Bob Harvie

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Bob Harvie
Born 3 January
Colombo, Sri Lanka
Died 7 July 2010
Nationality Sri Lanka Sri Lankan
Occupation Broadcaster/ Cricket / Rugby Commentator
Employer Radio Ceylon / Sri Lanka Broadcasting Corporation
Known for Broadcasting / cricket commentaries
Title Former Captain of the Ceylon Army.
Spouse(s) Grace Harvie

Bob Harvie was a popular announcer of Radio Ceylon. Harvie's voice was inextricably linked to cricket commentaries from the island of Ceylon. He has led the English cricket commentary team from Radio Ceylon and subsequently the Sri Lanka Broadcasting Corporation. Harvie has been a significant figure where cricket commentaries from Sri Lanka are concerned and he has been on the radio on Ceylon test matches against visiting England teams.

Bob Harvie was Radio Ceylon's outstanding cricket commentator, known as Sri Lanka's 'John Arlott'.

Bob Harvie has made his commentaries when the Ceylon team was captained by Anura Tennekoon and Michael Tissera. Bob Harvie was Ceylon's ' John Arlott' and enjoyed huge popularity as a cricket commentator, giving his ball by ball commentaries over Radio Ceylon, alongside other great Ceylonese commentators such as Norton Pereira.

The Royal-Thomian Encounter[edit]

Bob Harvie has also been on the Radio Ceylon, CBC commentary team covering the annual Royal–Thomian cricket match, the 'Battle of the Blues', the oldest unbroken Ceylonese cricket match between S. Thomas' College, Mount Lavinia and Royal College Colombo.

Bob Harvie commentated on the magnificent Esala Perahera held annually in July/August in Kandy. Dancers and caparisoned elephants made it a colourful occasion. Harvie always captured the atmosphere of the Kandy Perahera in his broadcasts on the airwaves of Radio Ceylon.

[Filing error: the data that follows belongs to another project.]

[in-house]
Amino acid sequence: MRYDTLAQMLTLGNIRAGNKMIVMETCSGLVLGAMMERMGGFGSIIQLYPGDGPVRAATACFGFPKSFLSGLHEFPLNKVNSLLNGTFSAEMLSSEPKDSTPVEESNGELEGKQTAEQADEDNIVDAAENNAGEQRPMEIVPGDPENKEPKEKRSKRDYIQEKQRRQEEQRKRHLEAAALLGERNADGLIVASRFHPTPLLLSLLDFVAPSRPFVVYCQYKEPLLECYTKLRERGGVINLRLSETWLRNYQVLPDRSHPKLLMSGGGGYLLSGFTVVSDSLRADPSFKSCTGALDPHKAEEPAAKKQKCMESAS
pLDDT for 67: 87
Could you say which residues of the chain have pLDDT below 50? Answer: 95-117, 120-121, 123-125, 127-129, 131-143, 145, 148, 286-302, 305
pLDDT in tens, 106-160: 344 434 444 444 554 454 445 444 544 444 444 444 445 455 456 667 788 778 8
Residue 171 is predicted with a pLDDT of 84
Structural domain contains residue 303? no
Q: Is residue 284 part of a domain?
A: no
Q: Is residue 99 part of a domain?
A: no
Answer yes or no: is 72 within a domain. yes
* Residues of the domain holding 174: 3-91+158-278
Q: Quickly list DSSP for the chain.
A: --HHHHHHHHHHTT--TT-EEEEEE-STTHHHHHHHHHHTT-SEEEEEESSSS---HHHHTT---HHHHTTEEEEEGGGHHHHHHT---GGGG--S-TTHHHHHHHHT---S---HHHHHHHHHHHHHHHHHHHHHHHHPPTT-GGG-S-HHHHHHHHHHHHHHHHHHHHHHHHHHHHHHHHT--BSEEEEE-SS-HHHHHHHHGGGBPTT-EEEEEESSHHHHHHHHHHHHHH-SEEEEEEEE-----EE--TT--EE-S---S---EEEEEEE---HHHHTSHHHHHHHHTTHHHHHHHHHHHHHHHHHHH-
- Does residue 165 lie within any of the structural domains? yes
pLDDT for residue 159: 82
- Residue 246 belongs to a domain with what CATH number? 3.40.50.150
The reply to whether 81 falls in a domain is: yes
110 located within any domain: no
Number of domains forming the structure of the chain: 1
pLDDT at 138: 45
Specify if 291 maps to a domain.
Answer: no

He was also known for covering the Kandy Perahara, Army Tattoo, Remembrance Day Parade as well as being in charge of Rugby and Boxing Commentaries over the airwaves of Radio Ceylon/Sri Lanka Broadcasting Corporation.

The Art of Commentary[edit]

Sriyani de Silva, in an obituary published in the Sunday Times in Colombo observed: 'Bob Harvie was the toast of the sports world, when it came to the art of commentary! Apart from his impeccable diction and use of the appropriate and accurate facts, names and terminology ~ which he was an absolute stickler for - Bob was able to bring any event vividly alive to listeners island wide, and even in the sub-continent if I remember right, in those days when TV did not exist. His almost magical word-wizardry would encapsulate in his own inimitable style, all the excitement of a crucial rugby encounter, magnificent Independence parade, nail-biting motor sports event, beauty pageant or black tie dinner-dance. I think I can safely say, the likes of him has never been matched.'[1]

Harvie lived in Sri Lanka until his death in July 2010.

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